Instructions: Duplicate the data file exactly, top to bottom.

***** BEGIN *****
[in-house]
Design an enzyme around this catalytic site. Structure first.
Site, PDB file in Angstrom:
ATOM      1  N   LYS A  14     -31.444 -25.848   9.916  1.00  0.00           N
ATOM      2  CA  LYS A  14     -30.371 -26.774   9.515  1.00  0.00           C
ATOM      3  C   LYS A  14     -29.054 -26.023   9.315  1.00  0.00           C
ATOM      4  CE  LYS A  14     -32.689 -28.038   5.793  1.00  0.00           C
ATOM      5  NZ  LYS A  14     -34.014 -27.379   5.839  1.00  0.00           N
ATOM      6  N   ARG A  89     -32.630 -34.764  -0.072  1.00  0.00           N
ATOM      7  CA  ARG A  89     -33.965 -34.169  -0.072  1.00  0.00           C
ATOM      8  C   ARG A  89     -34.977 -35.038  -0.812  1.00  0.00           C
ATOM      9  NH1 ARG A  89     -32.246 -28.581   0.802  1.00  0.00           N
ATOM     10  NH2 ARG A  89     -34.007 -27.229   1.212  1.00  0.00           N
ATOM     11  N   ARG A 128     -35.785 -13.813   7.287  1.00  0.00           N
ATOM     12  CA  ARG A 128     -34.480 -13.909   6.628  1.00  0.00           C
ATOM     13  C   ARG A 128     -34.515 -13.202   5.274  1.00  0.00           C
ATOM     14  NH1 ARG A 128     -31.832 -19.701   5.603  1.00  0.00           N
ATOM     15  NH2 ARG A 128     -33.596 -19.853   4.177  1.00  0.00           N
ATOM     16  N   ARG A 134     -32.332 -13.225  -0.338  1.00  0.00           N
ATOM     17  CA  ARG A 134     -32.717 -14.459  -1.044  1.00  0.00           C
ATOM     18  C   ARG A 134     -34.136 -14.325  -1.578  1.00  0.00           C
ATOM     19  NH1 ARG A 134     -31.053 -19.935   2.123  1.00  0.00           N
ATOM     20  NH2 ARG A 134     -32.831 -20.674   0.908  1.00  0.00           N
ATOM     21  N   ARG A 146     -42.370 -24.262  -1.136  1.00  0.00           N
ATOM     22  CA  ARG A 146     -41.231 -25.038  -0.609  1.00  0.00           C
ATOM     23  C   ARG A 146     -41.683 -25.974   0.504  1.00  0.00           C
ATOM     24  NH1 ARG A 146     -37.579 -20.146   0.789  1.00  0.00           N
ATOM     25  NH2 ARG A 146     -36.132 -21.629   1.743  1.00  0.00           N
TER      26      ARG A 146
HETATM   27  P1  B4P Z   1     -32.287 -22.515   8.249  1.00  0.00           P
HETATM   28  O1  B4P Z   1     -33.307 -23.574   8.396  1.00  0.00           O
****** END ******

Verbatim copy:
[in-house]
Design an enzyme around this catalytic site. Structure first.
Site, PDB file in Angstrom:
ATOM      1  N   LYS A  14     -31.444 -25.848   9.916  1.00  0.00           N
ATOM      2  CA  LYS A  14     -30.371 -26.774   9.515  1.00  0.00           C
ATOM      3  C   LYS A  14     -29.054 -26.023   9.315  1.00  0.00           C
ATOM      4  CE  LYS A  14     -32.689 -28.038   5.793  1.00  0.00           C
ATOM      5  NZ  LYS A  14     -34.014 -27.379   5.839  1.00  0.00           N
ATOM      6  N   ARG A  89     -32.630 -34.764  -0.072  1.00  0.00           N
ATOM      7  CA  ARG A  89     -33.965 -34.169  -0.072  1.00  0.00           C
ATOM      8  C   ARG A  89     -34.977 -35.038  -0.812  1.00  0.00           C
ATOM      9  NH1 ARG A  89     -32.246 -28.581   0.802  1.00  0.00           N
ATOM     10  NH2 ARG A  89     -34.007 -27.229   1.212  1.00  0.00           N
ATOM     11  N   ARG A 128     -35.785 -13.813   7.287  1.00  0.00           N
ATOM     12  CA  ARG A 128     -34.480 -13.909   6.628  1.00  0.00           C
ATOM     13  C   ARG A 128     -34.515 -13.202   5.274  1.00  0.00           C
ATOM     14  NH1 ARG A 128     -31.832 -19.701   5.603  1.00  0.00           N
ATOM     15  NH2 ARG A 128     -33.596 -19.853   4.177  1.00  0.00           N
ATOM     16  N   ARG A 134     -32.332 -13.225  -0.338  1.00  0.00           N
ATOM     17  CA  ARG A 134     -32.717 -14.459  -1.044  1.00  0.00           C
ATOM     18  C   ARG A 134     -34.136 -14.325  -1.578  1.00  0.00           C
ATOM     19  NH1 ARG A 134     -31.053 -19.935   2.123  1.00  0.00           N
ATOM     20  NH2 ARG A 134     -32.831 -20.674   0.908  1.00  0.00           N
ATOM     21  N   ARG A 146     -42.370 -24.262  -1.136  1.00  0.00           N
ATOM     22  CA  ARG A 146     -41.231 -25.038  -0.609  1.00  0.00           C
ATOM     23  C   ARG A 146     -41.683 -25.974   0.504  1.00  0.00           C
ATOM     24  NH1 ARG A 146     -37.579 -20.146   0.789  1.00  0.00           N
ATOM     25  NH2 ARG A 146     -36.132 -21.629   1.743  1.00  0.00           N
TER      26      ARG A 146
HETATM   27  P1  B4P Z   1     -32.287 -22.515   8.249  1.00  0.00           P
HETATM   28  O1  B4P Z   1     -33.307 -23.574   8.396  1.00  0.00           O